View Full Version : Drawing Airfield Layouts

Peter Kirk
04-06-2008, 23:15
My drawing skills are not up to much, despite having an 'O' level in technical drawing. I have had many goes at drawing from aerial photos, especially earlier wartime layouts but the result where of sketch quality, impatience being the main issue here. Anyway it oocurred to me the in this computer age there must be a simplier solution. Ignoring the obvious CAD solutions (it took me a day to draw a curve in one) my thoughts turned to Vector graphics, which, if my memory is correct, are scalable and rotatable without loosing quality, unlike JPG or BMP file which seem to degrade rapidly if turned through anything other than 90 degrees. The thought was to create constant scale components (hangars, pens, loops, hardstands etc) and buid a drawing that way - it works in Powerpoint for business use.
Does anyone know if this ever been attempted or indeed possible if so would it be difficult?


04-06-2008, 23:27

I faced this very same problem for our first publication, whose subject matter is RAF Ashbourne & RAF Darley Moor, Derbyshire. After a few experiments, I managed to get things about right which were suitable for final publication.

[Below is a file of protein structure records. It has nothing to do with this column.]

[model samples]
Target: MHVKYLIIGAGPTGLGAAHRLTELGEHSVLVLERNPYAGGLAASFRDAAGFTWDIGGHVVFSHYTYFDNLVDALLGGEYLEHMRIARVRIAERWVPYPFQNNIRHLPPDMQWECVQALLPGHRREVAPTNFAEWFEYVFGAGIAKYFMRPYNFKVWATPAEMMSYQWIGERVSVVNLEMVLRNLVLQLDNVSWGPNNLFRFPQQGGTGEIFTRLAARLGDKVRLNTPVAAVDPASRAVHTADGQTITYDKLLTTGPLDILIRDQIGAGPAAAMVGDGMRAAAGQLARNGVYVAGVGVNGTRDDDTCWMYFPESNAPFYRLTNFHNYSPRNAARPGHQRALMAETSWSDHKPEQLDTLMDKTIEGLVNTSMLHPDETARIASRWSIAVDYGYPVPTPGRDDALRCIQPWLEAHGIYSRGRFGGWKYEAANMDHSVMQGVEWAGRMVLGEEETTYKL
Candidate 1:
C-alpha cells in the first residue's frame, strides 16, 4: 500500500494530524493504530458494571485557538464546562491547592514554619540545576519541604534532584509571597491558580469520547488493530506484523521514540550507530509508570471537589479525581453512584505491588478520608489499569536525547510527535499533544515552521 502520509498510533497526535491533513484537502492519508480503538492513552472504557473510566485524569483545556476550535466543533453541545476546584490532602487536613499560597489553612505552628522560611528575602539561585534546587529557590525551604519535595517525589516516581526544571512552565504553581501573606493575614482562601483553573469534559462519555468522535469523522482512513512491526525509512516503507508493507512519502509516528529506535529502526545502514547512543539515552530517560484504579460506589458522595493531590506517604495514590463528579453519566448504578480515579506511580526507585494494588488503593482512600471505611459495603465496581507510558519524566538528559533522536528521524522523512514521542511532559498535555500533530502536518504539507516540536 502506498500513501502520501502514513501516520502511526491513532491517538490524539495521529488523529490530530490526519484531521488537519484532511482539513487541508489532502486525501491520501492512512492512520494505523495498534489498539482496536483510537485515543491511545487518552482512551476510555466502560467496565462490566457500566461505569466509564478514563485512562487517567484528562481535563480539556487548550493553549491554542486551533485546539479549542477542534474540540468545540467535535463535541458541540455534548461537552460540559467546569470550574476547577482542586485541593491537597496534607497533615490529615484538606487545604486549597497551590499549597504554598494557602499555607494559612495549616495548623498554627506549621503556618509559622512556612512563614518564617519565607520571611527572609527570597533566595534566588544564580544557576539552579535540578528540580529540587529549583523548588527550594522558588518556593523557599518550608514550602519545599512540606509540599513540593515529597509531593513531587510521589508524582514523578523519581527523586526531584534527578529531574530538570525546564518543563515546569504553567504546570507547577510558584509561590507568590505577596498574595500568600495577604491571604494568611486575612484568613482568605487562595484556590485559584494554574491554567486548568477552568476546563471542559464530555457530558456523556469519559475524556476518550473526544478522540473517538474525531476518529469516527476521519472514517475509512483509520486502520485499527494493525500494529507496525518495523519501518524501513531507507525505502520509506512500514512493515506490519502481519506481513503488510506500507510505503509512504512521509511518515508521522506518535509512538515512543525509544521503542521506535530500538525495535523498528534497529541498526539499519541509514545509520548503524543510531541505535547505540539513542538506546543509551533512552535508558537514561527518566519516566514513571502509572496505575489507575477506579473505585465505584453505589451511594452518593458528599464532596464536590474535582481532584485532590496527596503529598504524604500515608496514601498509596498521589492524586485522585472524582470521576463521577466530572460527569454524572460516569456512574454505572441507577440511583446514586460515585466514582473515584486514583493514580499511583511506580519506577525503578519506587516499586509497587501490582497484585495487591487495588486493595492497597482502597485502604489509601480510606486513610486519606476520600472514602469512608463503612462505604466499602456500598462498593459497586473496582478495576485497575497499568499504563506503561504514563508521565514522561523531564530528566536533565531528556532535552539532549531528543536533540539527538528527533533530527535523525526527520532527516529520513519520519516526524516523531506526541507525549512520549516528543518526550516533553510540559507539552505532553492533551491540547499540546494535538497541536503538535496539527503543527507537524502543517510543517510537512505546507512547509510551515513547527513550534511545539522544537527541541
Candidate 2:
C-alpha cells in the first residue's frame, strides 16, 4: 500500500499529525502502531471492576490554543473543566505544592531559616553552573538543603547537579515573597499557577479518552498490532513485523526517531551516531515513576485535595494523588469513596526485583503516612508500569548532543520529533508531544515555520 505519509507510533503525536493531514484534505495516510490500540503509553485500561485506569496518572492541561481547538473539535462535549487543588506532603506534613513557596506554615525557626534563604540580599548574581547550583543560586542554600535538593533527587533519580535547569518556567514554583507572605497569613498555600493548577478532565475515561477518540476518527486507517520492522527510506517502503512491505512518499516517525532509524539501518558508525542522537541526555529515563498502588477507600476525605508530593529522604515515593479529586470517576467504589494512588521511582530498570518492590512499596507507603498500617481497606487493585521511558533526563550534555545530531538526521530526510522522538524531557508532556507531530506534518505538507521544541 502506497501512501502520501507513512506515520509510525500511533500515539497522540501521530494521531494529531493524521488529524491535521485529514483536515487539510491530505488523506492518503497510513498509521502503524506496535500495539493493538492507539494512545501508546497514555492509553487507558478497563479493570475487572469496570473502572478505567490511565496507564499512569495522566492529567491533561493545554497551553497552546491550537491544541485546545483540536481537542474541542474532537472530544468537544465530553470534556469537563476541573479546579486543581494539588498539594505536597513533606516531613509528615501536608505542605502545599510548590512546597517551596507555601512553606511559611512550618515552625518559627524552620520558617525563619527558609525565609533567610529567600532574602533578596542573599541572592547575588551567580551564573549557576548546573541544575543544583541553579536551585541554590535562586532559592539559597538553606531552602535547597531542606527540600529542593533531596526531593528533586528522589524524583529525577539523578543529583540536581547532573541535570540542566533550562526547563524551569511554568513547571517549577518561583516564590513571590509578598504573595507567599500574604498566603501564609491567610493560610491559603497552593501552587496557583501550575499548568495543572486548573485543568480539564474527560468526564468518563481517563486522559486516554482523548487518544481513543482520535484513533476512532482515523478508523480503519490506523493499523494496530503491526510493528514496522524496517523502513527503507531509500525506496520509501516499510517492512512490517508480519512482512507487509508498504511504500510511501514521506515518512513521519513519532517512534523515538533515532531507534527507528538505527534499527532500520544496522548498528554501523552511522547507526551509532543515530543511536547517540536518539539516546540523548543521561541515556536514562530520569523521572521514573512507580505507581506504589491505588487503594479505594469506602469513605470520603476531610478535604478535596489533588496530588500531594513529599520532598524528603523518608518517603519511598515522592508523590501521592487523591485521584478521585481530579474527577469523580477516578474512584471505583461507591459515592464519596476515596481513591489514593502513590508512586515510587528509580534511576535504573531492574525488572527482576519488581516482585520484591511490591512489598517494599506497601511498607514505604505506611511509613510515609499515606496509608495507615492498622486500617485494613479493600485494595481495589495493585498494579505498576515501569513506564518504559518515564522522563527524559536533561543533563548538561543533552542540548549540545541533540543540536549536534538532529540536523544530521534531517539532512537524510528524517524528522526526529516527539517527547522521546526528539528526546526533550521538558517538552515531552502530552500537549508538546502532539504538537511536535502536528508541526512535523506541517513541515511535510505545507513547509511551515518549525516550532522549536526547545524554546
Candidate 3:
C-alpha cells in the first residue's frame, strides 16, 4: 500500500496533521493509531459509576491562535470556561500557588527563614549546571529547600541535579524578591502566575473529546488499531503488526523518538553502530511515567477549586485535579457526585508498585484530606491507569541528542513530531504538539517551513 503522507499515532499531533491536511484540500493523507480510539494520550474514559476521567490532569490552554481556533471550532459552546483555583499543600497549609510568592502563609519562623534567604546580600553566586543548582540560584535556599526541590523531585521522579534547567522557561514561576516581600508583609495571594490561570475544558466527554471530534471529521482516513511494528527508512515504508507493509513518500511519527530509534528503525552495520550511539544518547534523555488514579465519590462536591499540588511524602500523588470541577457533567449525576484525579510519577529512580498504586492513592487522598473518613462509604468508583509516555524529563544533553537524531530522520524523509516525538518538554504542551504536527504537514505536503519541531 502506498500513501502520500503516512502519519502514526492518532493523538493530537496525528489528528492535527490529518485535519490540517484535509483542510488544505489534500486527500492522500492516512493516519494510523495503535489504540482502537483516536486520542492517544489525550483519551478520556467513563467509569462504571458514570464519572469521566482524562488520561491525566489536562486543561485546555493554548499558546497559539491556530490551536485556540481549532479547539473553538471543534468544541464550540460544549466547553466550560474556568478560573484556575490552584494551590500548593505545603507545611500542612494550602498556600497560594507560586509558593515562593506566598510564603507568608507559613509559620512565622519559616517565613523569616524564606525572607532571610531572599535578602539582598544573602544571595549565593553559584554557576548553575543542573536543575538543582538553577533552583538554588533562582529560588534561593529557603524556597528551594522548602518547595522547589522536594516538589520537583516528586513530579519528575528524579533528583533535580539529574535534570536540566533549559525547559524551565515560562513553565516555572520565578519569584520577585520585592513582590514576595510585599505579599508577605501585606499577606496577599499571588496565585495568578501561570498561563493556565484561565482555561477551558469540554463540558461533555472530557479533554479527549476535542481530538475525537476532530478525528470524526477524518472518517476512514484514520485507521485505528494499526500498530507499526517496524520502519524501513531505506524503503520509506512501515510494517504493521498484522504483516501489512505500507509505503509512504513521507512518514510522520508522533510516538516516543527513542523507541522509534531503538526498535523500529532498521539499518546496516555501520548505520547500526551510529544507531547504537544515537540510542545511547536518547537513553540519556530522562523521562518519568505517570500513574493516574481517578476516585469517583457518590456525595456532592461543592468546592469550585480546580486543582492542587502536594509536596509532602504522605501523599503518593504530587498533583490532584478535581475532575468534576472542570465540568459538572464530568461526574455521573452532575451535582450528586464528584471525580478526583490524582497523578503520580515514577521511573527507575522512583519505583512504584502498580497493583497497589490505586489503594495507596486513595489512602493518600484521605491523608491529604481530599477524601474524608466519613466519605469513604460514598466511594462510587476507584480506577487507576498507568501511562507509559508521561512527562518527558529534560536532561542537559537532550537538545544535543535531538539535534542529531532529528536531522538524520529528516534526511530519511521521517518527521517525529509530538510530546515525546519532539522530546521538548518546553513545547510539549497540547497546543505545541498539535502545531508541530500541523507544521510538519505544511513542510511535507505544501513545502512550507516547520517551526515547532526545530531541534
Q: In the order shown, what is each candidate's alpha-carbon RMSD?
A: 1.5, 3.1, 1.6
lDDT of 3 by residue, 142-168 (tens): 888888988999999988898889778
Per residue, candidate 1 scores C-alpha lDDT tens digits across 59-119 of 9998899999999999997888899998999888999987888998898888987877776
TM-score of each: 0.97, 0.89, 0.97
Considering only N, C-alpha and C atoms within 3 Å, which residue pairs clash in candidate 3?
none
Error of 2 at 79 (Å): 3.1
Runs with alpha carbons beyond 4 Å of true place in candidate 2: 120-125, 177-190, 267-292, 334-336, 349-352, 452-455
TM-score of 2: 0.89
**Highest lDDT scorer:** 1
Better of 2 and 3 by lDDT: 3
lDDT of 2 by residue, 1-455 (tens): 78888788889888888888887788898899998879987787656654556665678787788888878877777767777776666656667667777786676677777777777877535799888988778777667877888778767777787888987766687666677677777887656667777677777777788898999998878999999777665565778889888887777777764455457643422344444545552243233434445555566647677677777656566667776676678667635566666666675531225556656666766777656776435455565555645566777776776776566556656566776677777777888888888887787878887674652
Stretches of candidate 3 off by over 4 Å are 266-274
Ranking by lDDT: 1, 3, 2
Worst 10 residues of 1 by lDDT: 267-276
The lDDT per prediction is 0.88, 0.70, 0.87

What I did was scan the relevant image (in this case the general arrangement section of the record site plan) and save it as a .jpeg. Opened as a layer, I created a transparent layer over the top of it and, fiddling around with a lot of lines, managed to create the following. I did it in Macromedia Fireworks MX2004. The programme still stands up very well today, I might add!

It might be worth pointing out here that as it was for commercial publication, permission was requested, and given, from the RAF Museum after submitting sample scans and tracings.

General arrangement sketch, RAF Ashbourne, Derbyshire (adapted from A.M Drawing No. 1116/45)


Paul Francis
04-06-2008, 23:51
The technique I use is to scan a original drawing and then trace it using Paint.net a free programe to download. Its very easy use and the results can be stunning.

05-06-2008, 10:58
Trust me to make things difficult for myself then!!


Peter Kirk
05-06-2008, 17:32
Do you both use mice or graphics tablets?
I have edited photo's with a mouse and make much use of the undo button (Paintshop Pro 7.4 by the way) as I don't seem able to keep the control the on rounded bits.

Thanks for the advice it has been very helpful.


05-06-2008, 18:02